Bonus 1: Barton Swing Aqueduct, UK

    The Barton Swing Aqueduct is a moveable navigable aqueduct in Barton upon Irwell in Greater Manchester, England. It carries the Bridgewater Canal across the Manchester Ship Canal.

    Barton Swing Aqueduct in the closed position link
    The swinging action allows large vessels using the ship canal to pass underneath and smaller narrowboats to cross over the top.

    Barton Swing Aqueduct in the open position link
    The aqueduct, the first and only swing aqueduct in the world, is a Grade II listed building, considered a major feat of Victorian civil engineering. Designed by Sir Edward Leader Williams and built by Andrew Handyside of Derby, the swing bridge opened in 1894 and remains in regular use.

    The aqueduct is a form of swing bridge. When closed, it allows canal traffic to pass along the Bridgewater Canal. When large vessels need to pass along the ship canal underneath, the 1450-tonne (1430-long-ton; 1600-short-ton) and 330-foot (100m) long iron trough is rotated 90 degrees on a pivot mounted on a small purpose-built island.
    Gates at each end of the trough retain around 800 tonnes of water; additional gates on each bank retain water in their adjacent stretches of canal. The aqueduct originally had a suspended towpath along its length, about 9 feet (2.7 m) above the water level of the Bridgewater Canal, which has now been removed. [link, map]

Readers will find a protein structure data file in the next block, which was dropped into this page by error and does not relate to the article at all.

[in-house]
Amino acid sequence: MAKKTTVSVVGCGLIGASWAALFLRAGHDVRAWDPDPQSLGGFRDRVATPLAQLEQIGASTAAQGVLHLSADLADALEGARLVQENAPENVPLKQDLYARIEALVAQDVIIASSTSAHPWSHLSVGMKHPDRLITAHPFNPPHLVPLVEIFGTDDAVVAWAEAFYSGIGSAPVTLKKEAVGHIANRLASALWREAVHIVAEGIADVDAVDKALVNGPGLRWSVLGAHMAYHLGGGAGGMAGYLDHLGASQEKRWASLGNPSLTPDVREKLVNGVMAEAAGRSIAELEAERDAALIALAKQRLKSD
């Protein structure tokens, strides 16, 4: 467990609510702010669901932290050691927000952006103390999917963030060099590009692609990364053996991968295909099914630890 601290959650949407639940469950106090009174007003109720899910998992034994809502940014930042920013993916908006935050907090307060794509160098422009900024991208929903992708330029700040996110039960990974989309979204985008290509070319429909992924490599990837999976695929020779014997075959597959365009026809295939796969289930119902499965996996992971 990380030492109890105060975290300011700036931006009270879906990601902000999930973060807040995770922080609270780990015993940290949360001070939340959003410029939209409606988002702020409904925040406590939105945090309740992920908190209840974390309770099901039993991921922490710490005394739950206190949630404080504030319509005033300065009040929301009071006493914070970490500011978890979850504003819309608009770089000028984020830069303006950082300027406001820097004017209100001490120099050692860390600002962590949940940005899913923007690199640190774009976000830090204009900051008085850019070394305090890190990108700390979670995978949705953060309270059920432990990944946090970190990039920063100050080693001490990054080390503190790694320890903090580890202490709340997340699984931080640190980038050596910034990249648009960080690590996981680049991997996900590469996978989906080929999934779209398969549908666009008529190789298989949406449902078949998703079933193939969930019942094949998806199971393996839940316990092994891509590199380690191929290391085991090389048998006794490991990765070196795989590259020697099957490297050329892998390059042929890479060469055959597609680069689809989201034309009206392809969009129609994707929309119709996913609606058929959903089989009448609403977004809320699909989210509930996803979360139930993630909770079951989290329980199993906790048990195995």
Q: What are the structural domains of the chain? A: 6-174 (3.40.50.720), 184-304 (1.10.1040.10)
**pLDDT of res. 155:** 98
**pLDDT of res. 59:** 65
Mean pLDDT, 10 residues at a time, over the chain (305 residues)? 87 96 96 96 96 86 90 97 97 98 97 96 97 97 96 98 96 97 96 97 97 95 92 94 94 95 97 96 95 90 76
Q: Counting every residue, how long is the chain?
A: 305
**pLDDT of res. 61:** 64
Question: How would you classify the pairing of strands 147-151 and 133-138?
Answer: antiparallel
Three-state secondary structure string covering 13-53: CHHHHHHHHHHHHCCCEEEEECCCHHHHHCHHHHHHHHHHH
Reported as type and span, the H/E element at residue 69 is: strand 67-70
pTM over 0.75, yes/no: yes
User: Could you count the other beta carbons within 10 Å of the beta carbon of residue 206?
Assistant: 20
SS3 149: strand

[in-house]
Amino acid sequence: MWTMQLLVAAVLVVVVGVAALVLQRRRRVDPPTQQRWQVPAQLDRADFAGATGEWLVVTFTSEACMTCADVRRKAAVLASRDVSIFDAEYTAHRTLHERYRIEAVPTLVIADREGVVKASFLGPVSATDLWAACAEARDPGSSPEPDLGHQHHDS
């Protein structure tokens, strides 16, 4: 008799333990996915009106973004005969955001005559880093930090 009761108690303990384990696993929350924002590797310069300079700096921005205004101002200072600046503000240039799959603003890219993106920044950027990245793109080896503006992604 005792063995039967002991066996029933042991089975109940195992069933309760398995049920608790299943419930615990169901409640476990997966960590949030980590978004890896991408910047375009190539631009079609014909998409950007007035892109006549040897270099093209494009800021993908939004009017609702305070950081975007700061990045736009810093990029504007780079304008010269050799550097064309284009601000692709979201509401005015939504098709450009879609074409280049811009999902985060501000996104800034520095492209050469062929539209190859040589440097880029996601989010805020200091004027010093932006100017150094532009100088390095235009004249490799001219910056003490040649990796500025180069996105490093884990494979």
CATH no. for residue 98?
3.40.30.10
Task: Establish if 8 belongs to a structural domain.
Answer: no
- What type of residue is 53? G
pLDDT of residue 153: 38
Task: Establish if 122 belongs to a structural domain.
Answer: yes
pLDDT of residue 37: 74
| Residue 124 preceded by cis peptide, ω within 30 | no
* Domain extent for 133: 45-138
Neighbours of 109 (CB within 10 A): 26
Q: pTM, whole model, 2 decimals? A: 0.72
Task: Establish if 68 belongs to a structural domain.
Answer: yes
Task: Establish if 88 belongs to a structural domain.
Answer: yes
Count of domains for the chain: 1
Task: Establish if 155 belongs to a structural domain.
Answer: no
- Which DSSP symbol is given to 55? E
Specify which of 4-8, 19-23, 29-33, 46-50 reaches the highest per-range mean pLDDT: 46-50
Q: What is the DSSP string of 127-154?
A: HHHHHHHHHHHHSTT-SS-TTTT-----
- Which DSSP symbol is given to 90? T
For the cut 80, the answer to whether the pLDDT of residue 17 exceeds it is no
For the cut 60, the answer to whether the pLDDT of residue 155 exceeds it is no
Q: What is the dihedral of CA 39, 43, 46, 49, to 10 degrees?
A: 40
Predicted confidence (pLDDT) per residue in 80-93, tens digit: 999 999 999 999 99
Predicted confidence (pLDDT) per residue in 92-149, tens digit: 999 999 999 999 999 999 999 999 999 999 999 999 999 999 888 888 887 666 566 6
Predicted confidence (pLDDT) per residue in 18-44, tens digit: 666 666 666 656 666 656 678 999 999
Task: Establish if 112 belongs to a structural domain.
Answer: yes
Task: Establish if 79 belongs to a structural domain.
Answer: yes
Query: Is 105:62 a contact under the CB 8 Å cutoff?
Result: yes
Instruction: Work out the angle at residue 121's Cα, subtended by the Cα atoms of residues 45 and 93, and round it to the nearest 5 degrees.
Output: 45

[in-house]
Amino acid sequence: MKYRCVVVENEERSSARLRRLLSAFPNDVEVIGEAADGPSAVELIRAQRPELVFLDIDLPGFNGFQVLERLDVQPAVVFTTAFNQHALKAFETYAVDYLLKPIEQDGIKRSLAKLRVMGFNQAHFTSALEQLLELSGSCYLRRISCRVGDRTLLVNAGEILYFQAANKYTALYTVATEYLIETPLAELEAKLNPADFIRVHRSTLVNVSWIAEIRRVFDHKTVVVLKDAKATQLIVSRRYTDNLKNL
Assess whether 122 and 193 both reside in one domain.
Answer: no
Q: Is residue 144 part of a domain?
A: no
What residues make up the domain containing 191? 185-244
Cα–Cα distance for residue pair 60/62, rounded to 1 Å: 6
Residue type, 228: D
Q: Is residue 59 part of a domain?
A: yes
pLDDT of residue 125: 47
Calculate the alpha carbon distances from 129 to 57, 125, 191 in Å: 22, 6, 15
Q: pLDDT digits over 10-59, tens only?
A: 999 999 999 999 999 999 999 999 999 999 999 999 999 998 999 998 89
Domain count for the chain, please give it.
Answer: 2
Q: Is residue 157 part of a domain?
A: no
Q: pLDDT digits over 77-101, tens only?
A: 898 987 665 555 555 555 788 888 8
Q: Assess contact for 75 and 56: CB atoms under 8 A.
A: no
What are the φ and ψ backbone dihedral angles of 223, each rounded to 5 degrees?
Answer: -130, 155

Bonus 2: M60A1 Armored Vehicle Launched Bridge

    The Armored Vehicle Launched Bridge (US Army vehicle) was designed to launch and retrieve a class 60 bridge. Used during combat, an AVLB is a folding portable bridge that is transported on the top of a tank chassis. The AVLB vehicle carries a crew of two. It is powered by a 750 HP Diesel Engine. The bridge and vehicle total weight is 58 tons.

    The Armored Vehicle Launched Bridge (AVLB) only supports Abrams tank units using a caution crossing at reduced gap length (15 meters or 50ft) and at a reduced crossing speed. The M60A1 Armored Vehicle Launched Bridge entered the Marine Corps inventory in the late 1980s. Current plan has the AVLB in use through 2015 and beyond. The WOLVERINE will replace the AVLB in the Engineer combat vehicle inventory.

    The M60A1 AVLB is an armored vehicle used for launching and retrieving a 60-foot (18.3m) scissors-type bridge. The AVLB consists of three major sections: the launcher, the hull, and the bridge. The launcher is mounted as an integral part of the chassis. The bridge, when emplaced, is capable of supporting tracked and wheeled vehicles with a military load bearing capacity up to Class 60.
    The bridge can be retrieved from either end. The roadway width of the AVLB is 12.5 feet (3.8m). Bridge emplacement can be accomplished in 2 to 5 minutes, and retrieval can be accomplished in 10 minutes under armor protection. When unfolded, it can span up to 60 feet (18.3m) while supporting 70 tons of equipment. The AVLB spans a 15m (50ft) gap for Military Load Class 70, and spans an 18m (60ft) gap for Military Load Class 60. [link]